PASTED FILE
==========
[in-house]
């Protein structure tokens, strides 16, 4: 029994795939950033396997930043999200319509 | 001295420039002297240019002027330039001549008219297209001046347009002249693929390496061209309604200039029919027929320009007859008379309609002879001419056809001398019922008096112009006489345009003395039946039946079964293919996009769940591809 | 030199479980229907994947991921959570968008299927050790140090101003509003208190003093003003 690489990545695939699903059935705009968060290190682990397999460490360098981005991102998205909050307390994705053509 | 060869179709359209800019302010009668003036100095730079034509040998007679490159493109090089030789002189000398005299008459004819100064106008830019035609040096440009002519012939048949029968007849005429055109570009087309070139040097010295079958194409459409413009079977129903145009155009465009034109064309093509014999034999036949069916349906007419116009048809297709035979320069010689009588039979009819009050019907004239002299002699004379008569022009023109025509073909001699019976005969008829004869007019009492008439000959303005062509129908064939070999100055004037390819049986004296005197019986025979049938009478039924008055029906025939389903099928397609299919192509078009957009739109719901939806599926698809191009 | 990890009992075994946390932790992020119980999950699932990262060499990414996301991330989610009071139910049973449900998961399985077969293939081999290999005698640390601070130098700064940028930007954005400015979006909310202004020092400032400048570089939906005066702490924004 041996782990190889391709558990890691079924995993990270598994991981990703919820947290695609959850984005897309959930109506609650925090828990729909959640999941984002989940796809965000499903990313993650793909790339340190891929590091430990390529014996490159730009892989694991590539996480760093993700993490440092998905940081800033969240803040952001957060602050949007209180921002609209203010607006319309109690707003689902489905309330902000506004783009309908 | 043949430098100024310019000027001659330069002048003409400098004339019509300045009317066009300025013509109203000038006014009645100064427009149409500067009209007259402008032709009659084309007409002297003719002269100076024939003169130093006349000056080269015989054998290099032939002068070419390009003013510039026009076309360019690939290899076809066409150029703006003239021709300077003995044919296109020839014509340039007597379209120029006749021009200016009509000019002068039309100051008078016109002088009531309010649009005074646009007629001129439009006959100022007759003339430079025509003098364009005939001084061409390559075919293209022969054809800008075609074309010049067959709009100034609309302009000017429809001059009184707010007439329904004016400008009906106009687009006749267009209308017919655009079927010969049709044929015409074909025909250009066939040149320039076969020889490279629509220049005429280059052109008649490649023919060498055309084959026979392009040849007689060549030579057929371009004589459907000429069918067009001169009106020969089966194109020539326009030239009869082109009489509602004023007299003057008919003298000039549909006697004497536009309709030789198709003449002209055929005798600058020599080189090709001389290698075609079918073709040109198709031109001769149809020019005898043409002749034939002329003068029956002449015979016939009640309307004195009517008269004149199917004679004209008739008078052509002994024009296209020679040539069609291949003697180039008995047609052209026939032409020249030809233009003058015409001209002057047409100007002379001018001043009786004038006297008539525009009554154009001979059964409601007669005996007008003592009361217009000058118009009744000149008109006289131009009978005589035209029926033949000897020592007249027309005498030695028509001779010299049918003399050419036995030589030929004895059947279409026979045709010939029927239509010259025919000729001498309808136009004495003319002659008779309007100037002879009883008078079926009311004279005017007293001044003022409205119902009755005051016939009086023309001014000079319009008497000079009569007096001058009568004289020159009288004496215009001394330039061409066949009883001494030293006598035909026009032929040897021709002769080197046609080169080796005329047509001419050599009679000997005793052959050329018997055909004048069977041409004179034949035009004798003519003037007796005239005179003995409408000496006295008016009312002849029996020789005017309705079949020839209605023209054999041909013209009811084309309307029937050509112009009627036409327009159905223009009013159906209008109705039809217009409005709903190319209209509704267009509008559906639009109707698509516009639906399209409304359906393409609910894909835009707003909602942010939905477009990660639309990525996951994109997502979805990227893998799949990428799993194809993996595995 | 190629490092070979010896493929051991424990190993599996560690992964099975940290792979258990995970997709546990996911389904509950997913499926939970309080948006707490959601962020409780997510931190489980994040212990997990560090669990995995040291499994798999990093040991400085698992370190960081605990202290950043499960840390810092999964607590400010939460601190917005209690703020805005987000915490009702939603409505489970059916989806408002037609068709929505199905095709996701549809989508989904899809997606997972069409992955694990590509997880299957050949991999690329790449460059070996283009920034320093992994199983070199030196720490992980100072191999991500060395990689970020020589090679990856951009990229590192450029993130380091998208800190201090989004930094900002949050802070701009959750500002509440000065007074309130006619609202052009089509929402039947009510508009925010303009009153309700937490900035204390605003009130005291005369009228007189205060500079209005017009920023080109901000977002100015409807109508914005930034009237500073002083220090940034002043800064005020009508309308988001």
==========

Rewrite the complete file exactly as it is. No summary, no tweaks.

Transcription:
[in-house]
């Protein structure tokens, strides 16, 4: 029994795939950033396997930043999200319509 | 001295420039002297240019002027330039001549008219297209001046347009002249693929390496061209309604200039029919027929320009007859008379309609002879001419056809001398019922008096112009006489345009003395039946039946079964293919996009769940591809 | 030199479980229907994947991921959570968008299927050790140090101003509003208190003093003003 690489990545695939699903059935705009968060290190682990397999460490360098981005991102998205909050307390994705053509 | 060869179709359209800019302010009668003036100095730079034509040998007679490159493109090089030789002189000398005299008459004819100064106008830019035609040096440009002519012939048949029968007849005429055109570009087309070139040097010295079958194409459409413009079977129903145009155009465009034109064309093509014999034999036949069916349906007419116009048809297709035979320069010689009588039979009819009050019907004239002299002699004379008569022009023109025509073909001699019976005969008829004869007019009492008439000959303005062509129908064939070999100055004037390819049986004296005197019986025979049938009478039924008055029906025939389903099928397609299919192509078009957009739109719901939806599926698809191009 | 990890009992075994946390932790992020119980999950699932990262060499990414996301991330989610009071139910049973449900998961399985077969293939081999290999005698640390601070130098700064940028930007954005400015979006909310202004020092400032400048570089939906005066702490924004 041996782990190889391709558990890691079924995993990270598994991981990703919820947290695609959850984005897309959930109506609650925090828990729909959640999941984002989940796809965000499903990313993650793909790339340190891929590091430990390529014996490159730009892989694991590539996480760093993700993490440092998905940081800033969240803040952001957060602050949007209180921002609209203010607006319309109690707003689902489905309330902000506004783009309908 | 043949430098100024310019000027001659330069002048003409400098004339019509300045009317066009300025013509109203000038006014009645100064427009149409500067009209007259402008032709009659084309007409002297003719002269100076024939003169130093006349000056080269015989054998290099032939002068070419390009003013510039026009076309360019690939290899076809066409150029703006003239021709300077003995044919296109020839014509340039007597379209120029006749021009200016009509000019002068039309100051008078016109002088009531309010649009005074646009007629001129439009006959100022007759003339430079025509003098364009005939001084061409390559075919293209022969054809800008075609074309010049067959709009100034609309302009000017429809001059009184707010007439329904004016400008009906106009687009006749267009209308017919655009079927010969049709044929015409074909025909250009066939040149320039076969020889490279629509220049005429280059052109008649490649023919060498055309084959026979392009040849007689060549030579057929371009004589459907000429069918067009001169009106020969089966194109020539326009030239009869082109009489509602004023007299003057008919003298000039549909006697004497536009309709030789198709003449002209055929005798600058020599080189090709001389290698075609079918073709040109198709031109001769149809020019005898043409002749034939002329003068029956002449015979016939009640309307004195009517008269004149199917004679004209008739008078052509002994024009296209020679040539069609291949003697180039008995047609052209026939032409020249030809233009003058015409001209002057047409100007002379001018001043009786004038006297008539525009009554154009001979059964409601007669005996007008003592009361217009000058118009009744000149008109006289131009009978005589035209029926033949000897020592007249027309005498030695028509001779010299049918003399050419036995030589030929004895059947279409026979045709010939029927239509010259025919000729001498309808136009004495003319002659008779309007100037002879009883008078079926009311004279005017007293001044003022409205119902009755005051016939009086023309001014000079319009008497000079009569007096001058009568004289020159009288004496215009001394330039061409066949009883001494030293006598035909026009032929040897021709002769080197046609080169080796005329047509001419050599009679000997005793052959050329018997055909004048069977041409004179034949035009004798003519003037007796005239005179003995409408000496006295008016009312002849029996020789005017309705079949020839209605023209054999041909013209009811084309309307029937050509112009009627036409327009159905223009009013159906209008109705039809217009409005709903190319209209509704267009509008559906639009109707698509516009639906399209409304359906393409609910894909835009707003909602942010939905477009990660639309990525996951994109997502979805990227893998799949990428799993194809993996595995 | 190629490092070979010896493929051991424990190993599996560690992964099975940290792979258990995970997709546990996911389904509950997913499926939970309080948006707490959601962020409780997510931190489980994040212990997990560090669990995995040291499994798999990093040991400085698992370190960081605990202290950043499960840390810092999964607590400010939460601190917005209690703020805005987000915490009702939603409505489970059916989806408002037609068709929505199905095709996701549809989508989904899809997606997972069409992955694990590509997880299957050949991999690329790449460059070996283009920034320093992994199983070199030196720490992980100072191999991500060395990689970020020589090679990856951009990229590192450029993130380091998208800190201090989004930094900002949050802070701009959750500002509440000065007074309130006619609202052009089509929402039947009510508009925010303009009153309700937490900035204390605003009130005291005369009228007189205060500079209005017009920023080109901000977002100015409807109508914005930034009237500073002083220090940034002043800064005020009508309308988001």